With the country facing huge revenue shortfalls as well as a widening budget deficit, the Federal Board of Revenue is resorting to desperate, yet conventional measures, to narrow down the revenue gap.
As usual, it has chosen to tax existing taxpayers, instead of trying to broaden the tax base.
Only one per cent of the country’s 180 million-strong population pays taxes. As a result, Pakistan has one of the lowest tax-to-GDP ratios in the world, at nine per cent. Yet, the Federal Board of Revenue (FBR) is taking ad-hoc steps, like changing tax rates and making insignificant adjustments to shore up revenues.
Pakistan did not accept IMF recommendations for tax reforms. Though recommended by the Fund, it did not apply a single rate of 16 per cent of sales tax and do away with multiple rates, which were creating distortion and leading to corruption in revenue collection. Domestic pressures prevailed.
In this scenario, the FBR withdrew the zero-rated regime for five export-oriented sectors, and introduced a two per cent sales tax for them, with effect from March 1, 2013.
In their meetings with the business community, the FBR high-ups explained that during the first six months of this fiscal year, the revenue board paid refunds to the tune of Rs6 billion, against gross collection of Rs1.1 billion.
The officials said that there was negative revenue collection during this period from the textile sector alone and if they allowed the practice to continue for another six months, the government would end up paying Rs12 billion in fake refund claims against Rs2 billion in expected revenue collection.
The FBR officials also argue that nowhere in the world are local sales of any category, including goods and services, exempted from sales tax, except for exports.
But even then, exporters have to pay sales tax, and then get refunds. Contrary to this, the GST system, which is vogue in Pakistan under VAT mode, does not tax local sales of textiles and five other major export sectors.
According to official estimates, if the government imposes sales tax on these sectors, it would be able to collect around Rs400 to Rs500 billion in taxes.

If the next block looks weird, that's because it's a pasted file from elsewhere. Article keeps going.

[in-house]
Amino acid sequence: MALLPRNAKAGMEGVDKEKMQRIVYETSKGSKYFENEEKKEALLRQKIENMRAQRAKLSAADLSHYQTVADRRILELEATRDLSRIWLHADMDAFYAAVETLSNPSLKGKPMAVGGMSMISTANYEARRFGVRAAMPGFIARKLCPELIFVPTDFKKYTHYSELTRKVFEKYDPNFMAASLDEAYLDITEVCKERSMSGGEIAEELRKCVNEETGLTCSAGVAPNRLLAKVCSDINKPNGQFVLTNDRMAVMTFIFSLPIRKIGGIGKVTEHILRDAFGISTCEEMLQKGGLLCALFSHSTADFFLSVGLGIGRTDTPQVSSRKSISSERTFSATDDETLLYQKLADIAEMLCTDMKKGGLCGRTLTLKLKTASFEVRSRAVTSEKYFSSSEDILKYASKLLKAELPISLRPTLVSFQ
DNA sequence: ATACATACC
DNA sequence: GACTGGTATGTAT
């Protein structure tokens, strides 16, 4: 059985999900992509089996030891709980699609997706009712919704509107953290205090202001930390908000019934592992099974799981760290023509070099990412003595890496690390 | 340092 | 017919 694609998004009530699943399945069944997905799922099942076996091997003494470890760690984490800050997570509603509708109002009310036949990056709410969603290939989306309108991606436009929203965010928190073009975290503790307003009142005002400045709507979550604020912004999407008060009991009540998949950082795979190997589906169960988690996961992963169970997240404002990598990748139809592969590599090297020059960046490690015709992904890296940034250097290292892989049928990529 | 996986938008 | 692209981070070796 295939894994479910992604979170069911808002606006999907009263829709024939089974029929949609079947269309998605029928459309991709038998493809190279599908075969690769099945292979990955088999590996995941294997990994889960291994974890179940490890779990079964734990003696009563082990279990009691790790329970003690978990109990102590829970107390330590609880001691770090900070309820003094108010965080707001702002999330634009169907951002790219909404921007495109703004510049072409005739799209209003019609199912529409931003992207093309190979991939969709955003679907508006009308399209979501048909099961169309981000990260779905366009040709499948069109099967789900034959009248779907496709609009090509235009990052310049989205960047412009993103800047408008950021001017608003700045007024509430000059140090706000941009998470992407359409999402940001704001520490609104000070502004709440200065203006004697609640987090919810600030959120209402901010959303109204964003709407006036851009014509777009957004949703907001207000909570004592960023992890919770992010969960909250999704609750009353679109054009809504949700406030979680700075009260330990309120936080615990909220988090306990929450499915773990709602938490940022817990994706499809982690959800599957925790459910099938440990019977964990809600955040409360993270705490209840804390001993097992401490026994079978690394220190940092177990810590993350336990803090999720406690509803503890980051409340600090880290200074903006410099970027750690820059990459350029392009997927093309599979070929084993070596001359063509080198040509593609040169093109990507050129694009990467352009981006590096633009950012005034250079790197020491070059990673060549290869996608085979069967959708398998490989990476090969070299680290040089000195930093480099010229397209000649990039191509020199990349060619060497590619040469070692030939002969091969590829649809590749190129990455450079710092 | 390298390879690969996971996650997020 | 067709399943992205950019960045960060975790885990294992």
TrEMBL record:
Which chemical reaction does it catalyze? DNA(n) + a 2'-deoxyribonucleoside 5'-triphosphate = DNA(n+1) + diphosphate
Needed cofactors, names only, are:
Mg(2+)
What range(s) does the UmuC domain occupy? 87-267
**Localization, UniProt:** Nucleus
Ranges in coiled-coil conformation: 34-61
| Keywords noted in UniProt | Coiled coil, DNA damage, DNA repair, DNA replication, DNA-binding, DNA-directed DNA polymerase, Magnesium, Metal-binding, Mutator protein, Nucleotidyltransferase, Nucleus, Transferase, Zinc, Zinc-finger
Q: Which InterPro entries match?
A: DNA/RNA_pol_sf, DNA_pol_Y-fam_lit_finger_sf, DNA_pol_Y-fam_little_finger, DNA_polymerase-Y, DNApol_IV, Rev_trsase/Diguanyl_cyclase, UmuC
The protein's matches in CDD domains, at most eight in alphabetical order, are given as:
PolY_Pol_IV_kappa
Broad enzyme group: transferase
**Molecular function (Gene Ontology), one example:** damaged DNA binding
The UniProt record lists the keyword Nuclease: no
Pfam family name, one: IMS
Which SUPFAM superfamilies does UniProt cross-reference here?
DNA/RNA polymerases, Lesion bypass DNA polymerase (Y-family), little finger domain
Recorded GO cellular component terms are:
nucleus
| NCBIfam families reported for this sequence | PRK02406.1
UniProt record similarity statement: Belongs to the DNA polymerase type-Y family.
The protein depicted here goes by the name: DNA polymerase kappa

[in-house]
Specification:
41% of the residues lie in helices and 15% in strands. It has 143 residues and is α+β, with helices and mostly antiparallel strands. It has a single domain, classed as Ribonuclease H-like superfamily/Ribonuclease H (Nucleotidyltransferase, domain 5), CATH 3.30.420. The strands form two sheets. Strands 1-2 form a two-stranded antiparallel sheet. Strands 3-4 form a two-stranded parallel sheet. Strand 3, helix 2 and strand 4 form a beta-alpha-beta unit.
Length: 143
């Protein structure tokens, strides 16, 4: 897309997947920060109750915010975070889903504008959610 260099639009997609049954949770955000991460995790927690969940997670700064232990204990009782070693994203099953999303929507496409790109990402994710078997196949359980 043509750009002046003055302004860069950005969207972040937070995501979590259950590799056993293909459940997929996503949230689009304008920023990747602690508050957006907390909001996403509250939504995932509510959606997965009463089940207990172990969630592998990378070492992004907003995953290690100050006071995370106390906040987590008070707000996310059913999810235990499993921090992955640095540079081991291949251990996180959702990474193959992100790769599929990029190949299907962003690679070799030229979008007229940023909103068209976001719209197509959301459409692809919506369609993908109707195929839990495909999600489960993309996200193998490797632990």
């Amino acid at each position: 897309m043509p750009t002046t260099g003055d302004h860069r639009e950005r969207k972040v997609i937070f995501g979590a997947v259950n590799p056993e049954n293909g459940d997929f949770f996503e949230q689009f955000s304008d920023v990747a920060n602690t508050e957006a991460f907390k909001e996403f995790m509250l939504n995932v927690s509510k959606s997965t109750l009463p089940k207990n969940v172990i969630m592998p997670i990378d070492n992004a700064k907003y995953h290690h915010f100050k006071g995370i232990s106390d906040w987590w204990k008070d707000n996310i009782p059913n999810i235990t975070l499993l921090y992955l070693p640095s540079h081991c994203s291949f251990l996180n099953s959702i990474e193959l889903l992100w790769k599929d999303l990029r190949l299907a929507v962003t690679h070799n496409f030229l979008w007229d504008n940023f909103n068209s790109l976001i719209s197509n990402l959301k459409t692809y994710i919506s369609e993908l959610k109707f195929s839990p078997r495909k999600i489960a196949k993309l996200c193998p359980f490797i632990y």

A major chunk of this would come from the textile sector.
However, industry leaders refute these claims, and say that around 80 per cent of cotton that is processed and converted into yarn, and other value-added products, are exported, and only 15 to 20 per cent are locally consumed.
Mohammad Jawed Bilwani, a leader of the value-added sector, said that the FBR is trying to dodge exporters by giving wrong facts and figures. When the FBR says a zero rated regime for exports, it means that we initially have to pay sales tax, and then get refunds, he said.
The FBR has thrice introduced a refund system in the past, and each time it had caused huge revenue losses to the government, said Bilwani. The system promotes corruption through fake and ‘flying invoices,’ and billions of rupees are claimed, and ultimately paid, in refunds.
Therefore, said Bilwani, the industry believed that to avoid such losses, the FBR should not collect sales tax on exports.
The purpose of the notification 1125 of 2011 was to encourage registration in sales tax, as it gave incentives by treating registered persons at the zero-rate, while the unregistered were required to pay a five per cent sales tax, he asserted.
But even at that time, industry leaders had advised the government to keep the sales tax rate low, so that it did not encourage corruption. However, the FBR bureaucracy did not agree.
Bilwani said that the problem will not be resolved by the new notification (SRO 154), as unscrupulous elements, with the connivance of revenue officials, will again resort to using fake and ‘flying invoices’ to claim tax refunds.
The only way out of this is for the FBR to introduce automation in its system so that no direct interaction takes place between taxpayers and tax collectors.